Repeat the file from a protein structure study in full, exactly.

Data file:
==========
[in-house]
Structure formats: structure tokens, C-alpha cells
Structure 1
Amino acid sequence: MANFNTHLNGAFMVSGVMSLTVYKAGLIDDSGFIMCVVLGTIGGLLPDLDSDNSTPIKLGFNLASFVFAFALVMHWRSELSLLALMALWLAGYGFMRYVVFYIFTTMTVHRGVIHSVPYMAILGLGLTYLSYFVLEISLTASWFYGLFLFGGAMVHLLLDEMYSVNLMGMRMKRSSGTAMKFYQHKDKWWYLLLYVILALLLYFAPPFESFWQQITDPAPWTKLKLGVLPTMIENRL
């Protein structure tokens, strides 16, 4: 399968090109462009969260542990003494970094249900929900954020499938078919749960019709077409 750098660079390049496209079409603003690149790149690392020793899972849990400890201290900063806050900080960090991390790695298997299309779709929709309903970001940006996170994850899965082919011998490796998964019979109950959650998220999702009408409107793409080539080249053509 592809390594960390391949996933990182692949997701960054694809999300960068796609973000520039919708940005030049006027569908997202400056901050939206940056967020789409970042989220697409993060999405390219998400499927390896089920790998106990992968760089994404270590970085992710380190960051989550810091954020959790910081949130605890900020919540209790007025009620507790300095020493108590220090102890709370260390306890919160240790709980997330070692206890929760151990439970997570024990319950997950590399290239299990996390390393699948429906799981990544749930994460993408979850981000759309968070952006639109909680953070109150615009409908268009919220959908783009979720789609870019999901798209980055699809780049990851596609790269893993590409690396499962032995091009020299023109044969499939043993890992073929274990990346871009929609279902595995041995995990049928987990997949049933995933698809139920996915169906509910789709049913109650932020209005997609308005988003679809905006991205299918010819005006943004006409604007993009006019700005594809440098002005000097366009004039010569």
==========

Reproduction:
[in-house]
Structure formats: structure tokens, C-alpha cells
Structure 1
Amino acid sequence: MANFNTHLNGAFMVSGVMSLTVYKAGLIDDSGFIMCVVLGTIGGLLPDLDSDNSTPIKLGFNLASFVFAFALVMHWRSELSLLALMALWLAGYGFMRYVVFYIFTTMTVHRGVIHSVPYMAILGLGLTYLSYFVLEISLTASWFYGLFLFGGAMVHLLLDEMYSVNLMGMRMKRSSGTAMKFYQHKDKWWYLLLYVILALLLYFAPPFESFWQQITDPAPWTKLKLGVLPTMIENRL
């Protein structure tokens, strides 16, 4: 399968090109462009969260542990003494970094249900929900954020499938078919749960019709077409 750098660079390049496209079409603003690149790149690392020793899972849990400890201290900063806050900080960090991390790695298997299309779709929709309903970001940006996170994850899965082919011998490796998964019979109950959650998220999702009408409107793409080539080249053509 592809390594960390391949996933990182692949997701960054694809999300960068796609973000520039919708940005030049006027569908997202400056901050939206940056967020789409970042989220697409993060999405390219998400499927390896089920790998106990992968760089994404270590970085992710380190960051989550810091954020959790910081949130605890900020919540209790007025009620507790300095020493108590220090102890709370260390306890919160240790709980997330070692206890929760151990439970997570024990319950997950590399290239299990996390390393699948429906799981990544749930994460993408979850981000759309968070952006639109909680953070109150615009409908268009919220959908783009979720789609870019999901798209980055699809780049990851596609790269893993590409690396499962032995091009020299023109044969499939043993890992073929274990990346871009929609279902595995041995995990049928987990997949049933995933698809139920996915169906509910789709049913109650932020209005997609308005988003679809905006991205299918010819005006943004006409604007993009006019700005594809440098002005000097366009004039010569």